First They Came for the Happy Meals
By Anthony Gregory • Thursday November 4, 2010 10:38 AM PDT • 5 Comments
San Francisco, a wonderful American city known for its traditions of tolerance and freedom, banned Happy Meals. My home county of Santa Clara already had. So this isn’t just the most far-left radicals pushing this agenda; it’s the center-left progressives who dominate the Bay Area.
Some friends have wondered why I care about this so much, especially in a country at war, with a Bill of Rights in tatters and the dollar slipping every day. It just seems to me there’s something vaguely. . . anti-American. . . about all this. This is to say, American culture has long sustained a very statist system in terms of foreign policy, Social Security, public schools, regulations, wars on drugs, gun controls, peripheral acts of censorship, corporatist subsidies, middle-class welfare, national-security excuses for eroding civil liberties, and so forth.
But Happy Meals? They are a ritual, however vulgar, tacky and easily associated with public health concerns, that is at the core of modern American culture. And I make no apologies for a society where children want little more for lunch than a lame hamburger, some soggy fries, and a cup of sweetened water, all wrapped up in a box with easy crosswords plastered on it, and accompanied by a junk piece of plastic made in China.
This is one element of living in a free society. Even a semi-free society. Parents will occasionally buy their kids fast food, and that food will sometimes come with a toy. It’s the Crackerjack thing. It’s the prize in a box of sugary cereal. It’s what it means to be an American.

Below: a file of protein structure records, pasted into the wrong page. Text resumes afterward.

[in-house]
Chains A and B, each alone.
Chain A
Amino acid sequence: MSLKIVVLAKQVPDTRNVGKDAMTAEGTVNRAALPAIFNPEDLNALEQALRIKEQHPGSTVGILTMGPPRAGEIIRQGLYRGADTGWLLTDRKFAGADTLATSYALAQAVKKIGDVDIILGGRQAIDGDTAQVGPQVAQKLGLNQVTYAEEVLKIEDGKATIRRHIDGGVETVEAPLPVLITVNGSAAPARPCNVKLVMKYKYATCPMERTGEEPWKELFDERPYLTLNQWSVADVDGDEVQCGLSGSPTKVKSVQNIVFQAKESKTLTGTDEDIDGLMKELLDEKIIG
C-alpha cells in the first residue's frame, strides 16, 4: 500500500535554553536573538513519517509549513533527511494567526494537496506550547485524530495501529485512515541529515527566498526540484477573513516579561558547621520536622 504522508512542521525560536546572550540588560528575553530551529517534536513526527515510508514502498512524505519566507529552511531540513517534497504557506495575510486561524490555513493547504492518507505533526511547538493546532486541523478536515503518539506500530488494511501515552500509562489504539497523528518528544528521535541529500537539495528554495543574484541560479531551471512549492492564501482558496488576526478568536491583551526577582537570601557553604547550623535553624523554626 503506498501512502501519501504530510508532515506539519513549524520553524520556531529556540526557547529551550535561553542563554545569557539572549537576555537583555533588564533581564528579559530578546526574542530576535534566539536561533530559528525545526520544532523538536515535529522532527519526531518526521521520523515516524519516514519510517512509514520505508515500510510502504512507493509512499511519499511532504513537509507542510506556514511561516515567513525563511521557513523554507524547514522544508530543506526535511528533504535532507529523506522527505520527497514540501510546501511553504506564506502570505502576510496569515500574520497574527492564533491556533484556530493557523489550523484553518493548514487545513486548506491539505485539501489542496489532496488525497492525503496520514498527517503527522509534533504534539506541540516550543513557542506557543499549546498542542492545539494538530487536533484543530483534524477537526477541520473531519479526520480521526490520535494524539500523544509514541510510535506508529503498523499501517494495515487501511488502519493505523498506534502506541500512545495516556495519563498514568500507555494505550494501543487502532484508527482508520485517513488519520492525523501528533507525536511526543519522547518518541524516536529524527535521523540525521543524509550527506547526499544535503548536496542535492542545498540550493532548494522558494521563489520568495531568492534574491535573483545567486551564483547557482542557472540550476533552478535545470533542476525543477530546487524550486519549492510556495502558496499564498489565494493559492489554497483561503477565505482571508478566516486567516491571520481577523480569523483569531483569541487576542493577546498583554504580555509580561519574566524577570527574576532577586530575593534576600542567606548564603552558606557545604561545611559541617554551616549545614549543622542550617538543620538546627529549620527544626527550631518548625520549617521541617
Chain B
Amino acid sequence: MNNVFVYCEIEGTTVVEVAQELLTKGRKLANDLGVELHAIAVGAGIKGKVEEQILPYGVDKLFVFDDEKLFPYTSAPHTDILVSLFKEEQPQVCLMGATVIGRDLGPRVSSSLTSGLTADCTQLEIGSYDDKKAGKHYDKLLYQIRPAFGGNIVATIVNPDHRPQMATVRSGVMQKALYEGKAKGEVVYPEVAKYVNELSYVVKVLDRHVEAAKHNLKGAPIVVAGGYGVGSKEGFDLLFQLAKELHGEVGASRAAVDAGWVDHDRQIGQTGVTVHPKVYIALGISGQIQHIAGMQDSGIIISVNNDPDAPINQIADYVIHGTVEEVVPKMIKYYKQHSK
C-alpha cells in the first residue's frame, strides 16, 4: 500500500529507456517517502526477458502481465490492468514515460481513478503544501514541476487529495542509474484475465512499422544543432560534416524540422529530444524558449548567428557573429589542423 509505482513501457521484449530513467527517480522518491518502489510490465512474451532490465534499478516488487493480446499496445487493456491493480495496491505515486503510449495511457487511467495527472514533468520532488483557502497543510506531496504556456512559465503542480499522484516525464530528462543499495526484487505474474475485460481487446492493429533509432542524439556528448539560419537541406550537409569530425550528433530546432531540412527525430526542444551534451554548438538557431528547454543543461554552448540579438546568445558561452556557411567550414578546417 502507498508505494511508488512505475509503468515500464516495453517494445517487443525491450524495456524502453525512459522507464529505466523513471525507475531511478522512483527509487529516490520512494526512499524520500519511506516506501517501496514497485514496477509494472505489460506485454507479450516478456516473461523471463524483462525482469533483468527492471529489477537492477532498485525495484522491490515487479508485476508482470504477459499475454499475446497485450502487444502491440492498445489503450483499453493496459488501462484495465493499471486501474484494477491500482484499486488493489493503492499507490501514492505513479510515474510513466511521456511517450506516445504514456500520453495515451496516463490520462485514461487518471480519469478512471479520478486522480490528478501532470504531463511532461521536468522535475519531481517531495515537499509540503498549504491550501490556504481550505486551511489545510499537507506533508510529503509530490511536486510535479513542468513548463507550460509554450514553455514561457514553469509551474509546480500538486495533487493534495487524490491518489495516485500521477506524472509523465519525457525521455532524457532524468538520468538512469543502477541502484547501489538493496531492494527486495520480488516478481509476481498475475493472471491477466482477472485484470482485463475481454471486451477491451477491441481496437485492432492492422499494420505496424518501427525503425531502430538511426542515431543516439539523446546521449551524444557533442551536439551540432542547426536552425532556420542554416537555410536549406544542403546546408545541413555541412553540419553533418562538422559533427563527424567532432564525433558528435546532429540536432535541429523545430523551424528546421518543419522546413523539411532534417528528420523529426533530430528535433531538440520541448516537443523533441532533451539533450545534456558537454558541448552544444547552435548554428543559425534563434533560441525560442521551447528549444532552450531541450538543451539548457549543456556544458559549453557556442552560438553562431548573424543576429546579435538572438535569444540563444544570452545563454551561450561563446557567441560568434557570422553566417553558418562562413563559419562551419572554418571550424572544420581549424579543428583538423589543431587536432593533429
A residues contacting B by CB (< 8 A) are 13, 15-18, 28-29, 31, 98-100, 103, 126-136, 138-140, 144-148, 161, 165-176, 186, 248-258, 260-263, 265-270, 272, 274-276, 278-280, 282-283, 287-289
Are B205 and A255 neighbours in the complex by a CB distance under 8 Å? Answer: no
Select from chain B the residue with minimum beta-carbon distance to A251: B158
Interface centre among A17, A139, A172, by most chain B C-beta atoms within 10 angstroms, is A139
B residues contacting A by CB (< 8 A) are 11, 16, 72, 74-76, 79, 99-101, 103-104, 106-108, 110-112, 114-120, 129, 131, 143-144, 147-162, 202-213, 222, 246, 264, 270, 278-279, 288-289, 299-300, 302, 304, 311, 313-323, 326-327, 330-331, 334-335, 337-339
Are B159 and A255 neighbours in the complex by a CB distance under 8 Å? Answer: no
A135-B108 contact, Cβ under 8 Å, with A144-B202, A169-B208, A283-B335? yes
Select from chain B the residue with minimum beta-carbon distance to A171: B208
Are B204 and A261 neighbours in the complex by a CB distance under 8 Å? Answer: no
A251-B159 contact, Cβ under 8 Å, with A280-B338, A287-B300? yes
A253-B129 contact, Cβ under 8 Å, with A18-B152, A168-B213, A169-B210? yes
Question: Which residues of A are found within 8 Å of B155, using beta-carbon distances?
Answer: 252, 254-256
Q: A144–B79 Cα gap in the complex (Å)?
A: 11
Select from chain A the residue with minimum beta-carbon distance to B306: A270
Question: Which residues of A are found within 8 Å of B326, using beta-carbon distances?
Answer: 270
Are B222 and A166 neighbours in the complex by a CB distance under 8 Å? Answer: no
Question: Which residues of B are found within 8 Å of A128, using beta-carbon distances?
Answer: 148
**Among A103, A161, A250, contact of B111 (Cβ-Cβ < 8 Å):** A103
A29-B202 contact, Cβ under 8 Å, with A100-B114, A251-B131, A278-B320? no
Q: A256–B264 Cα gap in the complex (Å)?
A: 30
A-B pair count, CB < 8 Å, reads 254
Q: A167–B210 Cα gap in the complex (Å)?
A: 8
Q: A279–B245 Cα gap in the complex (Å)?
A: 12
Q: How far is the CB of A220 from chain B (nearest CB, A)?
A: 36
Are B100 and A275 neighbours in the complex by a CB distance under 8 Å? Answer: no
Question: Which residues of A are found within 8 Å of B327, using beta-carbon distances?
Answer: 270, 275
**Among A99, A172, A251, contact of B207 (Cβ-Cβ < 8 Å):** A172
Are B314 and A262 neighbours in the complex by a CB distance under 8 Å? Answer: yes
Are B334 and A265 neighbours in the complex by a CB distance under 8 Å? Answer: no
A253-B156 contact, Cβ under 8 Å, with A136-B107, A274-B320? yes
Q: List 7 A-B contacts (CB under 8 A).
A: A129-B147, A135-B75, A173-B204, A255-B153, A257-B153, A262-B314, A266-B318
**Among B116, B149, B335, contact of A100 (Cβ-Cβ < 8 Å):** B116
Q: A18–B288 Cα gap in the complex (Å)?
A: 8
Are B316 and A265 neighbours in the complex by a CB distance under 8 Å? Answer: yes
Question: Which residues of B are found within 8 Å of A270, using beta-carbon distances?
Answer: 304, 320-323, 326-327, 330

Is there a health epidemic? If so, stand up to the corn lobby and end corn subsidies. If McDonald’s is really so unnatural, and maybe it is, it won’t stand free market competition. Address the horrible school lunch programs. Better yet, rethink this whole program of forcing kids to sit in classrooms for 8 hours a day. Stop externalizing the costs of health care.
But the prohibition of Happy Meals is a shot across the bow of American freedom. It is an attack on American institutions, family rights, common sense, free enterprise, and the particular meaning of childhood in our culture. Yes, there’s a thousand things worse than a Happy Meal ban, but there’s a million things worse than a Happy Meal. The war on American fun continues apace. And I ask those who think this is petty—what’s next? They are already taxing lemonade stands and banning Happy Meals. They are putting more cops in public schools and monitoring children at every turn. They are spying on students at home through their laptops, adulterating classic cartoons by purging them of images of tobacco and persecuting pupils for drawing pictures of weapons and bringing aspirin to class. Poor kids.